PEP still off the media menu
DRUM magazine passes up on a golden opportunity to provide readers with vital practical information on sexual assault and HIV.
Last week DRUM published a reader’s story sent in by a young woman who has been raped multiple times, once by a man whose subsequent death was AIDS-related.
Although the woman’s story continues without any further mention of any steps taken to prevent HIV infection or to test for the virus, DRUM could have included an addendum of sorts, providing readers with supplementary information on HIV-preventative post-exposure prophylaxis (PEP) and HIV testing.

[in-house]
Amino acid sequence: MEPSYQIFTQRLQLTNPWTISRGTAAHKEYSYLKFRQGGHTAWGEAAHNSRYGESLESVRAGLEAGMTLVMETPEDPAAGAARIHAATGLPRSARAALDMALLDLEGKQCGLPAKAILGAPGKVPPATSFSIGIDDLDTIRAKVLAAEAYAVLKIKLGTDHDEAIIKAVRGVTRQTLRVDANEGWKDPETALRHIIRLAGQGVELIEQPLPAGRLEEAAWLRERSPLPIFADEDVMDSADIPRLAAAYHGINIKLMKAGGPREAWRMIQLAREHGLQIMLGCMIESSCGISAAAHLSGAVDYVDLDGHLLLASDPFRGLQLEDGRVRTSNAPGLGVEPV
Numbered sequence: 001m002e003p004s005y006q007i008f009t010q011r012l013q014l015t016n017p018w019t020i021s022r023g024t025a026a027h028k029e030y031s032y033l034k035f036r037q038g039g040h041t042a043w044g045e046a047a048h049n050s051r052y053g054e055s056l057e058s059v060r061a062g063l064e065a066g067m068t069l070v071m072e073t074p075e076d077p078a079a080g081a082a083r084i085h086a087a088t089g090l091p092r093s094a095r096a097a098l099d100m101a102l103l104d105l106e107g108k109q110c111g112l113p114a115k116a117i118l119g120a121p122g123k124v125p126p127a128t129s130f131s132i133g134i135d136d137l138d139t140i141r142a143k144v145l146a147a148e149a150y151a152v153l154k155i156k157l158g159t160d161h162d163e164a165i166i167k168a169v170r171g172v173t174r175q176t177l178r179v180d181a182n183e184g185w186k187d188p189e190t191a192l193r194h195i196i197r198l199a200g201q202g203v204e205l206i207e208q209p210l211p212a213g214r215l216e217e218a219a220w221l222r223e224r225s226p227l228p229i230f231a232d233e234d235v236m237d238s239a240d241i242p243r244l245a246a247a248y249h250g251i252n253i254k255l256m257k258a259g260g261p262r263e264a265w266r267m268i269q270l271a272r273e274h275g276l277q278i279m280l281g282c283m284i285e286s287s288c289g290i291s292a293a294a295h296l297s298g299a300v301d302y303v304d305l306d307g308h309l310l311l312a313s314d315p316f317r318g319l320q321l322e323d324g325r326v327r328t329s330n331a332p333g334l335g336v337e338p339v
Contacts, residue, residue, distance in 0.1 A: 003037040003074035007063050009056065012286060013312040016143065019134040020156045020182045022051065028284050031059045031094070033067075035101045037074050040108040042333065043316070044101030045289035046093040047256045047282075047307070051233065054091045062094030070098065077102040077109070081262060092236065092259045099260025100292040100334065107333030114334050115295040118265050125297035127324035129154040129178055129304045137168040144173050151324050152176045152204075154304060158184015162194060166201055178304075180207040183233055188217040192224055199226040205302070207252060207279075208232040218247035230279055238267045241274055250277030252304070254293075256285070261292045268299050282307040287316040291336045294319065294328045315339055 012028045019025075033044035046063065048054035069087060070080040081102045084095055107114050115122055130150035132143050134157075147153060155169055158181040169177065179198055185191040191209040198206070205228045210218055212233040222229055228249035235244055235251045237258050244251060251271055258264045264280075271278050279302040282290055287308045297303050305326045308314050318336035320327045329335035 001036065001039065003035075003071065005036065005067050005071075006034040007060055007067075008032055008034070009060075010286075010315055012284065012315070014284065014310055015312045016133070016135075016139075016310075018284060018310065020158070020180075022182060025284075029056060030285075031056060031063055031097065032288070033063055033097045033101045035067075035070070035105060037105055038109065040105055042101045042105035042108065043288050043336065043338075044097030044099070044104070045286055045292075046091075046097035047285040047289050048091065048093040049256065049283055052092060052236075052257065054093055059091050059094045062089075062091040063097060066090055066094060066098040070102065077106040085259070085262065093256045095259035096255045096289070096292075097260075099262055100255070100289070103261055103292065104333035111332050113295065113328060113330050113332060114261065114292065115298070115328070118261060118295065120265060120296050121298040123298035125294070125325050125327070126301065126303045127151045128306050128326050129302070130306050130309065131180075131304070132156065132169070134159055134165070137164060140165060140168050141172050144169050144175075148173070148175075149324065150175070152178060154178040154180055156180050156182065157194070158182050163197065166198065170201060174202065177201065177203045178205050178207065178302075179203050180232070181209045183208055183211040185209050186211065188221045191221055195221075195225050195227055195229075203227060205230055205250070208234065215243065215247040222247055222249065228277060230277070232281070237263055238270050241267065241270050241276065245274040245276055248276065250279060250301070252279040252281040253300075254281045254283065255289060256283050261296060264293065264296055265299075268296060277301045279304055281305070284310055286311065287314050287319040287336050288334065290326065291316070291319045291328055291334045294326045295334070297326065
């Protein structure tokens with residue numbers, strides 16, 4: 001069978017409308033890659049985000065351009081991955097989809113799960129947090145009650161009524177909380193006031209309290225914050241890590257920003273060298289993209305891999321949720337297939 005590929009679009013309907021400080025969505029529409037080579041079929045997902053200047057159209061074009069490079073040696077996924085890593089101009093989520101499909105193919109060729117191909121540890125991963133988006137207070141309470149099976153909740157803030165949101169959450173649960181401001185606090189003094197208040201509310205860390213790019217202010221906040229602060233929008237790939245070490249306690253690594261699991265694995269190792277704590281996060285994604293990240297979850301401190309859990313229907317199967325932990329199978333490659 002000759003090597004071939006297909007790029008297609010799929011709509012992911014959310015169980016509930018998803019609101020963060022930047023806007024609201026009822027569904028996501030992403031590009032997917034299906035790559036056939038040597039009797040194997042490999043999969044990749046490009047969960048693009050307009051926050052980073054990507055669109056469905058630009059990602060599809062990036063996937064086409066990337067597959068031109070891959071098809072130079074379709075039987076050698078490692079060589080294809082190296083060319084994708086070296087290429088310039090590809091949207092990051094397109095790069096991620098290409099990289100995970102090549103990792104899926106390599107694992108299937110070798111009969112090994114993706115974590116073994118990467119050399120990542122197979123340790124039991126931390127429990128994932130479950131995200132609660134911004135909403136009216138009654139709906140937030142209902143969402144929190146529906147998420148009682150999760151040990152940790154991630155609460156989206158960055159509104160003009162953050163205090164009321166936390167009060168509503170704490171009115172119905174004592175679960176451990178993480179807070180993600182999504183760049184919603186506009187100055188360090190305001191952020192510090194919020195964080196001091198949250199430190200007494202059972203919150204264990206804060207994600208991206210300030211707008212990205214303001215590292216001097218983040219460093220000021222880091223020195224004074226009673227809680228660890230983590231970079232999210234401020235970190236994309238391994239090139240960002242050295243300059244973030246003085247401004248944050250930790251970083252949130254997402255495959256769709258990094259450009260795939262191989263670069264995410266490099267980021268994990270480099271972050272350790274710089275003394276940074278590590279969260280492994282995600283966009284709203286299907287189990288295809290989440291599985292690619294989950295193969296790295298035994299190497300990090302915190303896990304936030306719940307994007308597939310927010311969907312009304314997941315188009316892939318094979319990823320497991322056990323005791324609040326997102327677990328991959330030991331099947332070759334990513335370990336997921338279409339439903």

HIV post-exposure prophylaxis is a 28-day course of ARVs taken by an HIV-negative person after possible HIV exposure in order to prevent infection. PEP is more effective the sooner it is initiated. PEP must be initiated within 72 hours after possible exposure or its efficacy drops significantly.
Articles like the one that appeared in the Mail&Guardian last year commented on the desperate lack of information and awareness around PEP for rape survivors, strengthening the case for the media’s involvement in circulating information on PEP.
In a society where sexual assault is alarmingly prevalent and one on ten people are living with HIV, it is of the utmost importance that people are empowered with information which will allow them to protect themselves from HIV in the event of sexual assault.
What the reader includes in her personal account is quite obviously her prerogative. And while it would be unethical for DRUM to change the reader’s story in any way, this submission represented an opportunity to furnish DRUM readers with much needed information.